Maryland is part of three other states that will be voting to allow same sex couples to be able to marry in 2012. The vote is part of a two other referendum successfully brought to ballot by Republicans in Maryland, led mainly by Delegate Neil Parrott and is in addition to 4 other questions that will appear on the ballot, including the expansion of gambling in Maryland.
The other three states that will be voting on gay marriage this year are Maine, Minnesota and Washington State. Gay marriage has never passed when on the ballot in the United States and Karl Rove successfully used the issue to draw conservative voters to the poll in many battleground states during the 2004 election. Public polls are showing though that 8 years later, same sex marriage is about to win in 3 of the 4 states, with Minnesota being the odd state out right now.
Maryland’s Attorney General (and gubernatorial hopeful), Doug Gansler, already decided that the State should recognize marriages between same sex couples from out of State despite State law saying that a marriage is between a man and a woman. The bill to grant the right to same sex couples was championed by Governor Martin O’Malley for the past two years and despite his initial pledge when he ran for office in 2006 that he wasn’t for gay marriage, he did turn that frown upside down and into a rainbow prior to his 2010 election and said he would sign a gay marriage. Of course he at that time said he preferred a civil unions bill, but then he became the main backer of a full gay marriage bill, a little outside of what he had originally promised.
But even Republicans have been supportive of this bill with Senator Allan Kittleman losing his leadership post as the Senate Minority Leader because of his belief in equal rights. Senator Kittleman supported the bill passionately in talking about how his father fought for civil rights and this was a continuation of this fight to a new generation. A pragmatist, Senator Allan Kittleman tried to grant civil unions to all and get government “out of the marriage business”.
On the other side though are the churches, social conservatives, and religions African Americans who had the sway to easily get the bill brought to referendum (originally an amazingly difficult thing in Maryland), but also get the bill amended so that it wouldn’t go into effect until after the election. The extremely Democratic controlled House of Delegates stopped the same sex marriage from passing in 2011, led by the flipping of African American Democrat Delegate Tiffany Alston. Delegate Alston changed her vote in 2012, after she was brought under investigation by the State Prosecutor for so many violations it would make your head spin.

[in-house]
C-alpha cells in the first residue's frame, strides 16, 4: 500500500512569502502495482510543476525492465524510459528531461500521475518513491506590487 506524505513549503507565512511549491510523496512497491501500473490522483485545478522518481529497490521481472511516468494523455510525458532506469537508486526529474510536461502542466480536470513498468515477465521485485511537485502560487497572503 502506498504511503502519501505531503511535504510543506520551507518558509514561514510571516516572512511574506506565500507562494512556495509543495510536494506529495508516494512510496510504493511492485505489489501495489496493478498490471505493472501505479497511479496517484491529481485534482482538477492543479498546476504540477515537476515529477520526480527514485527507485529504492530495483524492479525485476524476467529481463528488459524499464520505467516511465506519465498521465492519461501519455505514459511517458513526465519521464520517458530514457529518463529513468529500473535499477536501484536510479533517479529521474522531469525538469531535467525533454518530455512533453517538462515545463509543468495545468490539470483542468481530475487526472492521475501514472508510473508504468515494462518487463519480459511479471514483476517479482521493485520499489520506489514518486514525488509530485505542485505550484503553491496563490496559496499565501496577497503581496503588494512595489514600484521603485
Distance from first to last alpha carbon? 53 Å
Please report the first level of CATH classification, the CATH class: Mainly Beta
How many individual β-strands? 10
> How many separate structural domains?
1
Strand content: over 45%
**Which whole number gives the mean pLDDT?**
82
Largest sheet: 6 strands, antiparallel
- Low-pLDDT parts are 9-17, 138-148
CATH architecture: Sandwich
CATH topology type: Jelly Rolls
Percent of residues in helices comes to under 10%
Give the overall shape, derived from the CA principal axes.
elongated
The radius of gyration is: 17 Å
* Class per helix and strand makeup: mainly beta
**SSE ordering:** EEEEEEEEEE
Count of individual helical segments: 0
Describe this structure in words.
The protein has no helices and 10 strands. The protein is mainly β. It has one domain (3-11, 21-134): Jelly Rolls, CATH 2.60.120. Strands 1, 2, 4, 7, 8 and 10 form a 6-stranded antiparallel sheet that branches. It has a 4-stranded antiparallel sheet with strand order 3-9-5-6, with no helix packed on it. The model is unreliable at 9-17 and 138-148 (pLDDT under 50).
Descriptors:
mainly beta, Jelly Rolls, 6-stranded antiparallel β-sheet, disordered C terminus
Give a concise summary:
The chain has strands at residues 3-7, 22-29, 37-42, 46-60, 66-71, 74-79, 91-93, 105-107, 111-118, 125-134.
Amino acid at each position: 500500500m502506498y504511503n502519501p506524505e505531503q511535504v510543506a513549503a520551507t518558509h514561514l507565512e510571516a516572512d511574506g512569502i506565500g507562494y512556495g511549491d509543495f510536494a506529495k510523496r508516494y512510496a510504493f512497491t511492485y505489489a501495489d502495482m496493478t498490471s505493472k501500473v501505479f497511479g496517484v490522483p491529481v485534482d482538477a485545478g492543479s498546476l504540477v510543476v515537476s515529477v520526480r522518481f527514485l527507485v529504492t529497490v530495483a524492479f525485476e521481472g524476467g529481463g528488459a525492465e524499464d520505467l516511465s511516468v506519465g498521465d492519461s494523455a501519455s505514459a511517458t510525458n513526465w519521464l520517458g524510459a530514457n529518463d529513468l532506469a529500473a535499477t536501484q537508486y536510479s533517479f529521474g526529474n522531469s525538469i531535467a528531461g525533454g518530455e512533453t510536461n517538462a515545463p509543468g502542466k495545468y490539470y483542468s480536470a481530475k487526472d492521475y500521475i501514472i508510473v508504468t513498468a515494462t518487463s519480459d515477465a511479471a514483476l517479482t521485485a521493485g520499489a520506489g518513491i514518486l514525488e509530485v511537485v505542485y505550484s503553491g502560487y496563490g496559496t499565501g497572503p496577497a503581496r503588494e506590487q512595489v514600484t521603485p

The campaign for this referendum has largely been one of inside baseball; letters of prominent politicos in support of same sex marriage such as Bob Ehrlich’s chief of staff Chip DiPaula and the head of various local NAACP branches. They have also been raising large sums of money most likely for a barrage of ads right before the election targeting Maryland’s swing voters in this case: mainly African American voters that while are easily Democratic, feel uncomfortable with those on the “down low”.
Maryland is unlikely to see any large amounts of money dumped into this race from religious institutions like the Church of Ladder Day Saints was able to do in California mainly because public polling shows that it isn’t so competitive. Proposition 8 in California was a major victory for the traditional marriage side in that nobody thought it was possible, now the battle is going on in 4 vastly different states and the money will probably go to the one state where it is actually competitive.
There is the chance that Maryland polls are wrong. Maybe malaise will sidetrack the electorate since Maryland doesn’t matter that much in the grand scheme of things and social conservatives and religious blacks will show up and sink the referendum. There is also the chance that when being polled Marylanders are lying to the pollsters because the media portrays those that believe in traditional marriage to be bigots and the elected officials will deny your business equal opportunity access because of your personal beliefs (I know, that one is pretty hypocritical on all sides).
But absent the type of shock that occurred in California in 2008, Maryland, Maine, and Washington State are going to stop the string of losses that gay marriage has had at the ballot box.